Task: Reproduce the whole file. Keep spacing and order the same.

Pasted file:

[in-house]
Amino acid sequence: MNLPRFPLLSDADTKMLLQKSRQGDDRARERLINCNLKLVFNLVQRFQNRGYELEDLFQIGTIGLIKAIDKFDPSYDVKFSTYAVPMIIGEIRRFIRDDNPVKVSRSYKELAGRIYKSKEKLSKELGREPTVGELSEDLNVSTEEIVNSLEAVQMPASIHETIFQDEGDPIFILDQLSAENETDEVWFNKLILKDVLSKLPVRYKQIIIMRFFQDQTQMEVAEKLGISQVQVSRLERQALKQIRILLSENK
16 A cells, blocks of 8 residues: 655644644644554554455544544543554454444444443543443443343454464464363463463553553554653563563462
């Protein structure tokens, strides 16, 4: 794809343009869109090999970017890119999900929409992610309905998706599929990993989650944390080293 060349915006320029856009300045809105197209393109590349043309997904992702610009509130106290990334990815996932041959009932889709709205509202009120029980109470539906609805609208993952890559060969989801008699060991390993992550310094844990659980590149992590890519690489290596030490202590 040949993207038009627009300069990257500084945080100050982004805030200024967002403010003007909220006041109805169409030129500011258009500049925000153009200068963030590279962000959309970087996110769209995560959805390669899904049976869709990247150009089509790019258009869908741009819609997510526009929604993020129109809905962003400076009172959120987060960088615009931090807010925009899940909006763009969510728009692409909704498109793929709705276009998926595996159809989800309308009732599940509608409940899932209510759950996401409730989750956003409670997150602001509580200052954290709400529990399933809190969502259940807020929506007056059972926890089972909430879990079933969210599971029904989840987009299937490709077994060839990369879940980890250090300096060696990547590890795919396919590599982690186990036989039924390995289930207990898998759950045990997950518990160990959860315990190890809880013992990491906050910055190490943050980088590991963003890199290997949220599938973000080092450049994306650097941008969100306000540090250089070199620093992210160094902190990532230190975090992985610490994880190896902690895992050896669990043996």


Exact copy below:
[in-house]
Amino acid sequence: MNLPRFPLLSDADTKMLLQKSRQGDDRARERLINCNLKLVFNLVQRFQNRGYELEDLFQIGTIGLIKAIDKFDPSYDVKFSTYAVPMIIGEIRRFIRDDNPVKVSRSYKELAGRIYKSKEKLSKELGREPTVGELSEDLNVSTEEIVNSLEAVQMPASIHETIFQDEGDPIFILDQLSAENETDEVWFNKLILKDVLSKLPVRYKQIIIMRFFQDQTQMEVAEKLGISQVQVSRLERQALKQIRILLSENK
16 A cells, blocks of 8 residues: 655644644644554554455544544543554454444444443543443443343454464464363463463553553554653563563462
């Protein structure tokens, strides 16, 4: 794809343009869109090999970017890119999900929409992610309905998706599929990993989650944390080293 060349915006320029856009300045809105197209393109590349043309997904992702610009509130106290990334990815996932041959009932889709709205509202009120029980109470539906609805609208993952890559060969989801008699060991390993992550310094844990659980590149992590890519690489290596030490202590 040949993207038009627009300069990257500084945080100050982004805030200024967002403010003007909220006041109805169409030129500011258009500049925000153009200068963030590279962000959309970087996110769209995560959805390669899904049976869709990247150009089509790019258009869908741009819609997510526009929604993020129109809905962003400076009172959120987060960088615009931090807010925009899940909006763009969510728009692409909704498109793929709705276009998926595996159809989800309308009732599940509608409940899932209510759950996401409730989750956003409670997150602001509580200052954290709400529990399933809190969502259940807020929506007056059972926890089972909430879990079933969210599971029904989840987009299937490709077994060839990369879940980890250090300096060696990547590890795919396919590599982690186990036989039924390995289930207990898998759950045990997950518990160990959860315990190890809880013992990491906050910055190490943050980088590991963003890199290997949220599938973000080092450049994306650097941008969100306000540090250089070199620093992210160094902190990532230190975090992985610490994880190896902690895992050896669990043996």